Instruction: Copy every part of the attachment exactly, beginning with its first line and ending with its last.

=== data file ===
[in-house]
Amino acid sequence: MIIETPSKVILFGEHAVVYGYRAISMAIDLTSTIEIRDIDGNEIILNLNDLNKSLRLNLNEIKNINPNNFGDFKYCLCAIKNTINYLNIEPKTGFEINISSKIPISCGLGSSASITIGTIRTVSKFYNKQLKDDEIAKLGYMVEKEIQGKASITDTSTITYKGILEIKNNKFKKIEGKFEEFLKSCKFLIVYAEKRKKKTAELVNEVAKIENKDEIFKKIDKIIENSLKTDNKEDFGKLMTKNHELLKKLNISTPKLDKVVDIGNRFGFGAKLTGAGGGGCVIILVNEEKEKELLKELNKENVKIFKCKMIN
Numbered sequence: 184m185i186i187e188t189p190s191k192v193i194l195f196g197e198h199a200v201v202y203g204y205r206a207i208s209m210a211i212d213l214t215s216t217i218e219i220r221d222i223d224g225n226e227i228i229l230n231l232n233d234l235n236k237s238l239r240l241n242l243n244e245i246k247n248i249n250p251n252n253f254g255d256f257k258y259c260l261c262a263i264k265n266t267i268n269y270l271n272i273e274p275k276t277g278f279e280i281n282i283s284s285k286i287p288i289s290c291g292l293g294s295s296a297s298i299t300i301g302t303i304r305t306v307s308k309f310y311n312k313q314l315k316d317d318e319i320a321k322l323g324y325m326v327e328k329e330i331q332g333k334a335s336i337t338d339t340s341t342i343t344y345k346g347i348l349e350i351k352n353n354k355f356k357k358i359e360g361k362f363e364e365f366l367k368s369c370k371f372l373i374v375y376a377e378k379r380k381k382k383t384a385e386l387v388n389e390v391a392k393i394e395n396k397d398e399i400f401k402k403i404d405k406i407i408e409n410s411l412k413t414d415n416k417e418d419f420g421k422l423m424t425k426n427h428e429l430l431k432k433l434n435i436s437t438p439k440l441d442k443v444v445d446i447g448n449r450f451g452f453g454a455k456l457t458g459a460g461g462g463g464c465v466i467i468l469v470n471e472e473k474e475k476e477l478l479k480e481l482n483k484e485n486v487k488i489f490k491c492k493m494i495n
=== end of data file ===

[in-house]
Amino acid sequence: MIIETPSKVILFGEHAVVYGYRAISMAIDLTSTIEIRDIDGNEIILNLNDLNKSLRLNLNEIKNINPNNFGDFKYCLCAIKNTINYLNIEPKTGFEINISSKIPISCGLGSSASITIGTIRTVSKFYNKQLKDDEIAKLGYMVEKEIQGKASITDTSTITYKGILEIKNNKFKKIEGKFEEFLKSCKFLIVYAEKRKKKTAELVNEVAKIENKDEIFKKIDKIIENSLKTDNKEDFGKLMTKNHELLKKLNISTPKLDKVVDIGNRFGFGAKLTGAGGGGCVIILVNEEKEKELLKELNKENVKIFKCKMIN
Numbered sequence: 184m185i186i187e188t189p190s191k192v193i194l195f196g197e198h199a200v201v202y203g204y205r206a207i208s209m210a211i212d213l214t215s216t217i218e219i220r221d222i223d224g225n226e227i228i229l230n231l232n233d234l235n236k237s238l239r240l241n242l243n244e245i246k247n248i249n250p251n252n253f254g255d256f257k258y259c260l261c262a263i264k265n266t267i268n269y270l271n272i273e274p275k276t277g278f279e280i281n282i283s284s285k286i287p288i289s290c291g292l293g294s295s296a297s298i299t300i301g302t303i304r305t306v307s308k309f310y311n312k313q314l315k316d317d318e319i320a321k322l323g324y325m326v327e328k329e330i331q332g333k334a335s336i337t338d339t340s341t342i343t344y345k346g347i348l349e350i351k352n353n354k355f356k357k358i359e360g361k362f363e364e365f366l367k368s369c370k371f372l373i374v375y376a377e378k379r380k381k382k383t384a385e386l387v388n389e390v391a392k393i394e395n396k397d398e399i400f401k402k403i404d405k406i407i408e409n410s411l412k413t414d415n416k417e418d419f420g421k422l423m424t425k426n427h428e429l430l431k432k433l434n435i436s437t438p439k440l441d442k443v444v445d446i447g448n449r450f451g452f453g454a455k456l457t458g459a460g461g462g463g464c465v466i467i468l469v470n471e472e473k474e475k476e477l478l479k480e481l482n483k484e485n486v487k488i489f490k491c492k493m494i495n